By definition, T-SQL is not case sensitive, but there are scenarios where it can exhibit partial case sensitivity.

Consider a scenario where you deploy a database for your application using a Case Insensitive (CI) collation. Initially, everything works fine, even if you occasionally deviate from naming guidelines or use different casings within your code, such as in stored procedures. However, problems arise when you deploy the same database to a server with a Case Sensitive (CS) collation.

Then on another day you deploy your database to a server and you start getting weird errors, like “Invalid column” or even “Must declare the scalar variable”. That’s the point when you find out the server’s default collation is Case Sensitive (CS) and it is affecting your code, that is working within a scope of your case insensitive database.

Let’s examine some examples using a SQL 2022 server with a CS collation.

Fig 1.: Server properties.

Then I have my database using CI collation.

Fig 2.: Database properties.

In this case, we attempt to create a procedure for our application. The situation is identical when using table variables or temporary tables.

Fig 3.: Failed procedure deployment, because of non-existent column. Invalid column error.

At first glance, you may wonder why you haven’t encountered this error before or why it worked on other servers. The answer lies in checking the collation settings of the server and system databases. As the object is created in memory, it is likely that the object declaration passes through a temporary table or another system database controlled by the CS collation. In this case, the system recognizes “@table” and column “val” but does not recognize “VAL.”

Fig 4.: Unknown variable. Must declare the scalar variable @var error.

While it is an assumption without delving into SQL Server internals, even variables likely pass through a system object with a CS collation.

Although the procedure is not compiled during creation, the parser must ensure that the code is valid. Therefore, errors are revealed during the creation stage rather than when the procedure is executed for the first time.

Finally, an evidence that if we are stay strictly within the scope of our database with CI collation we will be able to make it through with our “messy” code.

Fig 5.: Different casing working with physical objects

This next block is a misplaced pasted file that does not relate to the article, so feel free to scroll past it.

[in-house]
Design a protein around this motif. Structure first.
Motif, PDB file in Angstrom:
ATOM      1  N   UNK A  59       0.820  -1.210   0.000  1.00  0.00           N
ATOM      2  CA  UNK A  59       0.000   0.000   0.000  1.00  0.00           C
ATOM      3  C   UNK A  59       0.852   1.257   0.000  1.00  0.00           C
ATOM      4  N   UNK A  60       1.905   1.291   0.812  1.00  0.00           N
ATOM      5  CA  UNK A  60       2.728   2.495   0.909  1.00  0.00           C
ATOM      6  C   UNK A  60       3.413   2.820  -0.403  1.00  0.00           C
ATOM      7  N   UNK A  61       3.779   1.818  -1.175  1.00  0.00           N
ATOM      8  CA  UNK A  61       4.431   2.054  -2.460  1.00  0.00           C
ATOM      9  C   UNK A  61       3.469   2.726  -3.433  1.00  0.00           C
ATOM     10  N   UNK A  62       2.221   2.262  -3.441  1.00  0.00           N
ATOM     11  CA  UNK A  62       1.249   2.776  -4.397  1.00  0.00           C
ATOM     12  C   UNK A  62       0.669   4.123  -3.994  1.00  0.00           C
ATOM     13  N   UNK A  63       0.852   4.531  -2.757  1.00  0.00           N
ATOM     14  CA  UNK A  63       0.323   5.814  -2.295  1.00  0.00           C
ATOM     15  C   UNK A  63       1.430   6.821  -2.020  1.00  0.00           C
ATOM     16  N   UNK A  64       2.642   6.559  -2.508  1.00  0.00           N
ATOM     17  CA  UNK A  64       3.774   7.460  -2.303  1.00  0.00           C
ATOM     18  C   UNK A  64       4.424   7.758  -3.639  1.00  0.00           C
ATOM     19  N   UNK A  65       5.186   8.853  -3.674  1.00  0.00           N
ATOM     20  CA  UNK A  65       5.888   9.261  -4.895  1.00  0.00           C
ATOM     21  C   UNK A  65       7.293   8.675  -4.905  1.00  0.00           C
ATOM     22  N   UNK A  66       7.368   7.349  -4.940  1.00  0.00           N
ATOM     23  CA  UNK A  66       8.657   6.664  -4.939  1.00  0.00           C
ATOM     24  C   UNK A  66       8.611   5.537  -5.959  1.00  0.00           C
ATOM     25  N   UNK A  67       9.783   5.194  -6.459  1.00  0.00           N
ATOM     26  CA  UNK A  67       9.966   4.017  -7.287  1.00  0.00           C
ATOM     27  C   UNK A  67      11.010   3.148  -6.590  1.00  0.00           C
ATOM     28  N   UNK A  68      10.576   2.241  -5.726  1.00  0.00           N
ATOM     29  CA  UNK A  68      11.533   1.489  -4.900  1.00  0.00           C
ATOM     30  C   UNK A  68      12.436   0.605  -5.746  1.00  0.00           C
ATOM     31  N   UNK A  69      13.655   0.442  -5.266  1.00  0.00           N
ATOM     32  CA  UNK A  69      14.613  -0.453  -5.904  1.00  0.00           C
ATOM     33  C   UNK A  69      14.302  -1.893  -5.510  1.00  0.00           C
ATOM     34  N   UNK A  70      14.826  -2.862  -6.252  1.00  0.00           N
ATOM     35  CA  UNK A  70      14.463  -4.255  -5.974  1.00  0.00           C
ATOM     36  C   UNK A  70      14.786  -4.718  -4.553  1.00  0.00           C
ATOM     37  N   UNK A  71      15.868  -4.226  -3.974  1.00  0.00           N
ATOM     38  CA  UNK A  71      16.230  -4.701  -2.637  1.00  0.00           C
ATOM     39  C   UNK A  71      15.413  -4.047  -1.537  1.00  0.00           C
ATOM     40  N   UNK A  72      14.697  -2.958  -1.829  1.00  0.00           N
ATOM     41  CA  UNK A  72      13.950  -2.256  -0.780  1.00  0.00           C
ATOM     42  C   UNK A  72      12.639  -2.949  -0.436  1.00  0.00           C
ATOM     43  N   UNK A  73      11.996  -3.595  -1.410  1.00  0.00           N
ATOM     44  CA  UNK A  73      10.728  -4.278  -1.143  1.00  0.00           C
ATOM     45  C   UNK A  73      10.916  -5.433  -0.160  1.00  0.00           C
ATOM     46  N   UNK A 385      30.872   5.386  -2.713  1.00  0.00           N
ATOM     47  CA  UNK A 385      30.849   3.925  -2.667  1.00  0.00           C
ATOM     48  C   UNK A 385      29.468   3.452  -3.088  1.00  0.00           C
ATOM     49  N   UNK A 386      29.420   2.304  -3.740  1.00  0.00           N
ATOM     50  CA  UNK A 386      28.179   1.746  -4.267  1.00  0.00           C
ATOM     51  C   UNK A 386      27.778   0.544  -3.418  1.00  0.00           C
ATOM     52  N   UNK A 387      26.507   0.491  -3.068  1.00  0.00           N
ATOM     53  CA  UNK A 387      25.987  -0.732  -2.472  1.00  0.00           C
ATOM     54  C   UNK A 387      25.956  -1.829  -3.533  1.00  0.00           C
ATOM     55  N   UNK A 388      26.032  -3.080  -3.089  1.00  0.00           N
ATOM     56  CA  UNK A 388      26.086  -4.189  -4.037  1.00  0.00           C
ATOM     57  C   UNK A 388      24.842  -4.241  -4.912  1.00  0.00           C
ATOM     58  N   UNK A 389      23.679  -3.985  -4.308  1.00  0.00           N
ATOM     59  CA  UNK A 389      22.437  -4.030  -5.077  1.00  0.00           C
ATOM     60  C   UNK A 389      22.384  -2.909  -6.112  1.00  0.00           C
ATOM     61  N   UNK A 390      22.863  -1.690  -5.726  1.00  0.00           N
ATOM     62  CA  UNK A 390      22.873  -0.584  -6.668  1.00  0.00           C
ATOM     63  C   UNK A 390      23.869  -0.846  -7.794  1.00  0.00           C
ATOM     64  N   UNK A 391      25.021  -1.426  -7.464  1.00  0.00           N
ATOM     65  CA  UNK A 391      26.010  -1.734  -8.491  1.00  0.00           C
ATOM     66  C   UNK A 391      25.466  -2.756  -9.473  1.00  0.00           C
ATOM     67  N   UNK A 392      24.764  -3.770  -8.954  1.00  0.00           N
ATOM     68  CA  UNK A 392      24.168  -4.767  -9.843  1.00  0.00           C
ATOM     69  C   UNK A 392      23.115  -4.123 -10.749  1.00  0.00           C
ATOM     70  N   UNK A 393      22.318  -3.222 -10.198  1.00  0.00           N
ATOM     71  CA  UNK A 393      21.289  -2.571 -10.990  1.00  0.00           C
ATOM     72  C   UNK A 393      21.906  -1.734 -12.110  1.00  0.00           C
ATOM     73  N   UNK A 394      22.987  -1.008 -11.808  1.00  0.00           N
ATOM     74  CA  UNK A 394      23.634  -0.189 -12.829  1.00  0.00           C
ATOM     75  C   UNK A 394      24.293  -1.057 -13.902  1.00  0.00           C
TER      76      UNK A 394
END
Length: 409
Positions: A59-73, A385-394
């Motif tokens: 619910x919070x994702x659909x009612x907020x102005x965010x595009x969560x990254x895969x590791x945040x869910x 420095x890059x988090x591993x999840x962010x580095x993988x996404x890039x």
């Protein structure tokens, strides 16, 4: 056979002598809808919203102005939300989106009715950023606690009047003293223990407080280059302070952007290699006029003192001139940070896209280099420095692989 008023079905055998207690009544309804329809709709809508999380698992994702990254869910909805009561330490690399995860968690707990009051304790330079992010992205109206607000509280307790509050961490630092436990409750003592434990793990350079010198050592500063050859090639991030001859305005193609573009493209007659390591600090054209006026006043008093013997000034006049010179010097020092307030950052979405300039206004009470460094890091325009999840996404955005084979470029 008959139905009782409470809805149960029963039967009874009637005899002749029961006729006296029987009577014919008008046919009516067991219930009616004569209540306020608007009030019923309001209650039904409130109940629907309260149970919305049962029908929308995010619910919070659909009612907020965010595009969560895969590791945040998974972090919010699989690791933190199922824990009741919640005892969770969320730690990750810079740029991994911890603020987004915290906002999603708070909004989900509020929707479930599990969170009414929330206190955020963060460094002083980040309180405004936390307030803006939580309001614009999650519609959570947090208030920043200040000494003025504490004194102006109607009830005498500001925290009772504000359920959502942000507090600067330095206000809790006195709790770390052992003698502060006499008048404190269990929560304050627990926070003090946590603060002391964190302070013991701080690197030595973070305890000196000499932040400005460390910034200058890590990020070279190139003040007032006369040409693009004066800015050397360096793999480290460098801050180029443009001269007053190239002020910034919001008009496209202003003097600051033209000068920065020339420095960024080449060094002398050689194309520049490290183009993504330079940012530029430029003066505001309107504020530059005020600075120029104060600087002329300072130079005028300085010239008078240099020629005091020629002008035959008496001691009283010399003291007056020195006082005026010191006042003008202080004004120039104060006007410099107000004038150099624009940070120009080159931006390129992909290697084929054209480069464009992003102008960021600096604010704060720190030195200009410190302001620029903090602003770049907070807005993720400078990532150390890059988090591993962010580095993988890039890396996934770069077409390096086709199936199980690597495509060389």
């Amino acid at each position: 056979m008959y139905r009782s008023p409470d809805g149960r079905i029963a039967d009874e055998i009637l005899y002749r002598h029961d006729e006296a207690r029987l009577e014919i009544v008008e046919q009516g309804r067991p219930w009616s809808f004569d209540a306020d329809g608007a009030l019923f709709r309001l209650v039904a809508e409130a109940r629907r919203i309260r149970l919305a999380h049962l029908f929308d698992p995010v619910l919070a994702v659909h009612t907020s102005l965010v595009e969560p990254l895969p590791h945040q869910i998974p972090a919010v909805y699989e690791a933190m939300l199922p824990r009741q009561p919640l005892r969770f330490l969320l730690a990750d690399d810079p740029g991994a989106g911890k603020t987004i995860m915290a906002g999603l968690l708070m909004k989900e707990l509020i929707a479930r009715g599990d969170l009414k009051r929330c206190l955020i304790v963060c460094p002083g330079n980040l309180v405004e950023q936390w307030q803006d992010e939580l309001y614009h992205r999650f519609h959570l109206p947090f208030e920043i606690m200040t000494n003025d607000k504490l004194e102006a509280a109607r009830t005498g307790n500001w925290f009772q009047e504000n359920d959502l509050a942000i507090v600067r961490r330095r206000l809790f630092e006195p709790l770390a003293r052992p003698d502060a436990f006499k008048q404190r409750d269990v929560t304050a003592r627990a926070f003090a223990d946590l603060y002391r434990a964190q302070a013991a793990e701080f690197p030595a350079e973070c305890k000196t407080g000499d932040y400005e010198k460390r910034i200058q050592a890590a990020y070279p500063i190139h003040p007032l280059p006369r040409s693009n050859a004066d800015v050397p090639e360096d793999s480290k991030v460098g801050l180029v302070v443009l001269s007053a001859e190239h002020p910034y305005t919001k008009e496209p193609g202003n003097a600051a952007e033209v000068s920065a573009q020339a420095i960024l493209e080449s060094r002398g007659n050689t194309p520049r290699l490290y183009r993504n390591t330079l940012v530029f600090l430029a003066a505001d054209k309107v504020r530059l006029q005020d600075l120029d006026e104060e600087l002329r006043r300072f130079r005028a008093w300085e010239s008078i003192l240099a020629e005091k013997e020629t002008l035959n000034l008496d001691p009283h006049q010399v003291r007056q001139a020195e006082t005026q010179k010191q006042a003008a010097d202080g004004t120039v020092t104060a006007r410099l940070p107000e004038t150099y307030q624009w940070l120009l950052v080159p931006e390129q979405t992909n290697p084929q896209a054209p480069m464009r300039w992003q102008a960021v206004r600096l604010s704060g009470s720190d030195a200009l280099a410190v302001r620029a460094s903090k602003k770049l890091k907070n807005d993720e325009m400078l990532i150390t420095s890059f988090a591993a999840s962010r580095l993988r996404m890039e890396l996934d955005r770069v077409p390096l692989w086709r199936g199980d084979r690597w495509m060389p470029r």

Upon further reflection, it is interesting to note that the parser does not physically create the object. To parse the code, it likely utilizes internal objects within the user database itself, which are not case sensitive. This explains why T-SQL code with inconsistent casing can still function within the scope of a case-insensitive database.

In conclusion, while T-SQL is generally not case sensitive, its behavior can be influenced by the collation settings of the server and system databases. When deploying a case-insensitive database to a case-sensitive server, unexpected errors related to object and variable names may arise. Therefore, it is important to consider collation settings and potential case sensitivity issues when working with T-SQL code.

How can you enforce casing during your development process? Finding an ideal solution can be challenging. In Visual Studio SSDT (SQL Server Data Tools), you have the option to set the database to a case-sensitive collation. However, it’s important to note that deploying your project with this collation will require adjustments during the publishing phase if you intend to maintain the original collation. It’s worth mentioning that this change applies to the user database and not the system, which means that altering the collation of reference databases like master or tempdb poses a challenge. In this situation, it is recommended to have a dedicated development or UAT (User Acceptance Testing) environment that utilizes a case-sensitive collation setup. This allows you to catch any errors related to case sensitivity during the development stage. Additionally, SQL Prompt from Redgate offers a feature to apply casing at the script level, but a method to apply it to an entire project or solution has not been found yet.

Did you know that you can change the server collation if it shows the one chosen during installation is not the ideal one?

You can also change the collation of your database. While changing the database collation may seem like a simpler process, it’s important to note that it does not automatically update existing objects and data. Therefore, changing the database collation can be a complex and potentially time-consuming endeavour.